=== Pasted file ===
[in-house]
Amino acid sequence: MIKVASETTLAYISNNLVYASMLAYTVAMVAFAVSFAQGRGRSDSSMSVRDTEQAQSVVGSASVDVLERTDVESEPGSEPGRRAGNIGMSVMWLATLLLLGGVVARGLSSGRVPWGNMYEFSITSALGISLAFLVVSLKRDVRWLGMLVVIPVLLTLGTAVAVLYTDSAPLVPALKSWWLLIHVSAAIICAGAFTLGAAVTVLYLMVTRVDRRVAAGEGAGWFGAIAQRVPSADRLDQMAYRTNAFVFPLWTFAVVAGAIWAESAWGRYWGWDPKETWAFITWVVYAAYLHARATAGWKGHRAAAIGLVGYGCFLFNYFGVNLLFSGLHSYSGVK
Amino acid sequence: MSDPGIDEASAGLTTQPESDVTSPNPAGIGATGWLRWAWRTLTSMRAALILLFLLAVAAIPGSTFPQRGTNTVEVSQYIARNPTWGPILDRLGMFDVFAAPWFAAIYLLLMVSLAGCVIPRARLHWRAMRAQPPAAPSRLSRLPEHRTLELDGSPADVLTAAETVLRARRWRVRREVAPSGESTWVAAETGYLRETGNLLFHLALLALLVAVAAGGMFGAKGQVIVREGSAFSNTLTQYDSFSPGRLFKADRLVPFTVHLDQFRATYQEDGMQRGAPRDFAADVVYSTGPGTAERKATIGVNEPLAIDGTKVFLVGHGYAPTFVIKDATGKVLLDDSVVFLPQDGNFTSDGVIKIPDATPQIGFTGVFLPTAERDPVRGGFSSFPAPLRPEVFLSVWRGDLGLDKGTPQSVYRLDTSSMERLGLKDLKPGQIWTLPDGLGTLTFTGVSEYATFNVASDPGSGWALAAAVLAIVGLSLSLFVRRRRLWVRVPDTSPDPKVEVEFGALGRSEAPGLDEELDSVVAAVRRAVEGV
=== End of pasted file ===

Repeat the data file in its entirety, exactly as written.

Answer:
[in-house]
Amino acid sequence: MIKVASETTLAYISNNLVYASMLAYTVAMVAFAVSFAQGRGRSDSSMSVRDTEQAQSVVGSASVDVLERTDVESEPGSEPGRRAGNIGMSVMWLATLLLLGGVVARGLSSGRVPWGNMYEFSITSALGISLAFLVVSLKRDVRWLGMLVVIPVLLTLGTAVAVLYTDSAPLVPALKSWWLLIHVSAAIICAGAFTLGAAVTVLYLMVTRVDRRVAAGEGAGWFGAIAQRVPSADRLDQMAYRTNAFVFPLWTFAVVAGAIWAESAWGRYWGWDPKETWAFITWVVYAAYLHARATAGWKGHRAAAIGLVGYGCFLFNYFGVNLLFSGLHSYSGVK
Amino acid sequence: MSDPGIDEASAGLTTQPESDVTSPNPAGIGATGWLRWAWRTLTSMRAALILLFLLAVAAIPGSTFPQRGTNTVEVSQYIARNPTWGPILDRLGMFDVFAAPWFAAIYLLLMVSLAGCVIPRARLHWRAMRAQPPAAPSRLSRLPEHRTLELDGSPADVLTAAETVLRARRWRVRREVAPSGESTWVAAETGYLRETGNLLFHLALLALLVAVAAGGMFGAKGQVIVREGSAFSNTLTQYDSFSPGRLFKADRLVPFTVHLDQFRATYQEDGMQRGAPRDFAADVVYSTGPGTAERKATIGVNEPLAIDGTKVFLVGHGYAPTFVIKDATGKVLLDDSVVFLPQDGNFTSDGVIKIPDATPQIGFTGVFLPTAERDPVRGGFSSFPAPLRPEVFLSVWRGDLGLDKGTPQSVYRLDTSSMERLGLKDLKPGQIWTLPDGLGTLTFTGVSEYATFNVASDPGSGWALAAAVLAIVGLSLSLFVRRRRLWVRVPDTSPDPKVEVEFGALGRSEAPGLDEELDSVVAAVRRAVEGV